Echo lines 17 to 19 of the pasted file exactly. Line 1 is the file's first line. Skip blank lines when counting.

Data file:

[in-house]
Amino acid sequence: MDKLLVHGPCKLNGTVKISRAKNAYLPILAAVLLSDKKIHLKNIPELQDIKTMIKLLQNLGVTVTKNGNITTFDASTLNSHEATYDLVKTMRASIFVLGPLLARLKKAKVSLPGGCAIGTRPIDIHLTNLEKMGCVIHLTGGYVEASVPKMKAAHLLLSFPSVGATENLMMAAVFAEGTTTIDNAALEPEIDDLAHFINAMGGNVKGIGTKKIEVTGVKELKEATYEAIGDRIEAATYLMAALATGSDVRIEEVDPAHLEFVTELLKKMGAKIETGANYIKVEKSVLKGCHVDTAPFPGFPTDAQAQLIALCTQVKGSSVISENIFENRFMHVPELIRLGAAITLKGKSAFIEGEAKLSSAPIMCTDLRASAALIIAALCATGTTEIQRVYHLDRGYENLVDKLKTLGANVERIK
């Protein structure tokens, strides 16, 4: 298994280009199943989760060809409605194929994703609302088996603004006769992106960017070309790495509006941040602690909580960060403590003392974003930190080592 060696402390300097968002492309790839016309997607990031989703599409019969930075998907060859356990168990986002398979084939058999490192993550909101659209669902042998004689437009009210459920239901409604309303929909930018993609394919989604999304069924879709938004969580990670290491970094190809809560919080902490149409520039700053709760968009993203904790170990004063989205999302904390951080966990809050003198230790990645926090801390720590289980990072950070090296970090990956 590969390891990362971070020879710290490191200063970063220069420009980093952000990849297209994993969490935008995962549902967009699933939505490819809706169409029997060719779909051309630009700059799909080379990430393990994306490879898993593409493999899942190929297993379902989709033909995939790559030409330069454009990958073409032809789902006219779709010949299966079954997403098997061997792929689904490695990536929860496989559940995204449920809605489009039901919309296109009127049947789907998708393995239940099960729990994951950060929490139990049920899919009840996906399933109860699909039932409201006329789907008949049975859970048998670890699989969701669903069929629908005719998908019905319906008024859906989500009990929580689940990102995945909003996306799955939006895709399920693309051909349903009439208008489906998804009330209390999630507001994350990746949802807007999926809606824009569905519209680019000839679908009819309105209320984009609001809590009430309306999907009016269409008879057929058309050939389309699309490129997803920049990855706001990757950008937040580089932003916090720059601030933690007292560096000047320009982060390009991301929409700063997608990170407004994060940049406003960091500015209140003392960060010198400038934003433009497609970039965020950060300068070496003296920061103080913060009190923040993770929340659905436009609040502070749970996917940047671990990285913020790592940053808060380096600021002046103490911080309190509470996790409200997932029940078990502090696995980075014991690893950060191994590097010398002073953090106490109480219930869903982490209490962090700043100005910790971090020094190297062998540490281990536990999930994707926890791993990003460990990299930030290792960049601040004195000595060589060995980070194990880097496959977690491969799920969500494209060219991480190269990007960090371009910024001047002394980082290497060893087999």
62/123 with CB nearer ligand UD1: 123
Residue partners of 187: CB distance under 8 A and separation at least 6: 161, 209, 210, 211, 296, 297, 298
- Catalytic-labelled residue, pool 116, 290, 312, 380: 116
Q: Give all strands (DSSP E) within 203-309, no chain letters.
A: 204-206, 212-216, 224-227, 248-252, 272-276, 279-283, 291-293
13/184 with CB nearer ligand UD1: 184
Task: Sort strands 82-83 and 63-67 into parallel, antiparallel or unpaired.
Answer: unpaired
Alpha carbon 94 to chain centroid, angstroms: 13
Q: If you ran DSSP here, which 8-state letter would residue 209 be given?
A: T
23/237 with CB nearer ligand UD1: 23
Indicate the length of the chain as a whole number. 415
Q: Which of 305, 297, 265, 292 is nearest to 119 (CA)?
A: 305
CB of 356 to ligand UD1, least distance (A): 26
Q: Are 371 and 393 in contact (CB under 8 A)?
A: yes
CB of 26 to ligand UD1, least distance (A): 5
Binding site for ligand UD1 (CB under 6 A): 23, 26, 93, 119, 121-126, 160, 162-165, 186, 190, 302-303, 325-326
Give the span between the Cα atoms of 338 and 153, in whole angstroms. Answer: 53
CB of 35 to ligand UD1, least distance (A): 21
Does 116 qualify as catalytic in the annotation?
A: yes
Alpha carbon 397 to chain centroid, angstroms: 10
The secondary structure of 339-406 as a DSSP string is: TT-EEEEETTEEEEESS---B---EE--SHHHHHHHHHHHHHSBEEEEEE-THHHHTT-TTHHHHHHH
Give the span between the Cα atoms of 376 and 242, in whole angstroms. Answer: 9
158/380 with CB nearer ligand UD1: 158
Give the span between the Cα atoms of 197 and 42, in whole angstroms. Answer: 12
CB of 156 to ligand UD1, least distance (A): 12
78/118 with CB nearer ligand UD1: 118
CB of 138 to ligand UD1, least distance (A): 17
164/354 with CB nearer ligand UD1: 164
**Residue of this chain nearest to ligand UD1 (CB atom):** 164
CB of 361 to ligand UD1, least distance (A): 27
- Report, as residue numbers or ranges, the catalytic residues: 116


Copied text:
Q: Which of 305, 297, 265, 292 is nearest to 119 (CA)?
A: 305
CB of 356 to ligand UD1, least distance (A): 26